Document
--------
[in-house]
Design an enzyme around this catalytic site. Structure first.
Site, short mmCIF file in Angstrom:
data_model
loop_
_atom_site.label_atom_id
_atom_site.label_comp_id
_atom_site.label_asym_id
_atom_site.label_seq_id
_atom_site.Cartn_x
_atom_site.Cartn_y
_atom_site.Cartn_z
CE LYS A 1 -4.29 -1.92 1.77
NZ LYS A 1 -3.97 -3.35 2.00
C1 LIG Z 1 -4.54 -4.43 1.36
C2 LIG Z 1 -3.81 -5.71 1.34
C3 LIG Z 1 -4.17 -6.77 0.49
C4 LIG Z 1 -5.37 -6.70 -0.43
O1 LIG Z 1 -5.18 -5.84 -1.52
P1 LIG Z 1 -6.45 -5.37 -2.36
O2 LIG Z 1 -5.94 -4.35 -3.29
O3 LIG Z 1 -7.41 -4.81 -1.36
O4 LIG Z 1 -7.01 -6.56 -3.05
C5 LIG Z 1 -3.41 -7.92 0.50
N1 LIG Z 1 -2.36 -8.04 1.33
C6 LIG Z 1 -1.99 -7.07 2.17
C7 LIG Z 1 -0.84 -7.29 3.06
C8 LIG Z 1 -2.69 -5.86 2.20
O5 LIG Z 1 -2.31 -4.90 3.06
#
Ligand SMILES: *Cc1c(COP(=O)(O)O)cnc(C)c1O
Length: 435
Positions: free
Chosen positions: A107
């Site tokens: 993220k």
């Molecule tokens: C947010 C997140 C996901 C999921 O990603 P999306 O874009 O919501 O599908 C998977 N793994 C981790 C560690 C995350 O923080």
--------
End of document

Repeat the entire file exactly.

[in-house]
Design an enzyme around this catalytic site. Structure first.
Site, short mmCIF file in Angstrom:
data_model
loop_
_atom_site.label_atom_id
_atom_site.label_comp_id
_atom_site.label_asym_id
_atom_site.label_seq_id
_atom_site.Cartn_x
_atom_site.Cartn_y
_atom_site.Cartn_z
CE LYS A 1 -4.29 -1.92 1.77
NZ LYS A 1 -3.97 -3.35 2.00
C1 LIG Z 1 -4.54 -4.43 1.36
C2 LIG Z 1 -3.81 -5.71 1.34
C3 LIG Z 1 -4.17 -6.77 0.49
C4 LIG Z 1 -5.37 -6.70 -0.43
O1 LIG Z 1 -5.18 -5.84 -1.52
P1 LIG Z 1 -6.45 -5.37 -2.36
O2 LIG Z 1 -5.94 -4.35 -3.29
O3 LIG Z 1 -7.41 -4.81 -1.36
O4 LIG Z 1 -7.01 -6.56 -3.05
C5 LIG Z 1 -3.41 -7.92 0.50
N1 LIG Z 1 -2.36 -8.04 1.33
C6 LIG Z 1 -1.99 -7.07 2.17
C7 LIG Z 1 -0.84 -7.29 3.06
C8 LIG Z 1 -2.69 -5.86 2.20
O5 LIG Z 1 -2.31 -4.90 3.06
#
Ligand SMILES: *Cc1c(COP(=O)(O)O)cnc(C)c1O
Length: 435
Positions: free
Chosen positions: A107
């Site tokens: 993220k």
């Molecule tokens: C947010 C997140 C996901 C999921 O990603 P999306 O874009 O919501 O599908 C998977 N793994 C981790 C560690 C995350 O923080």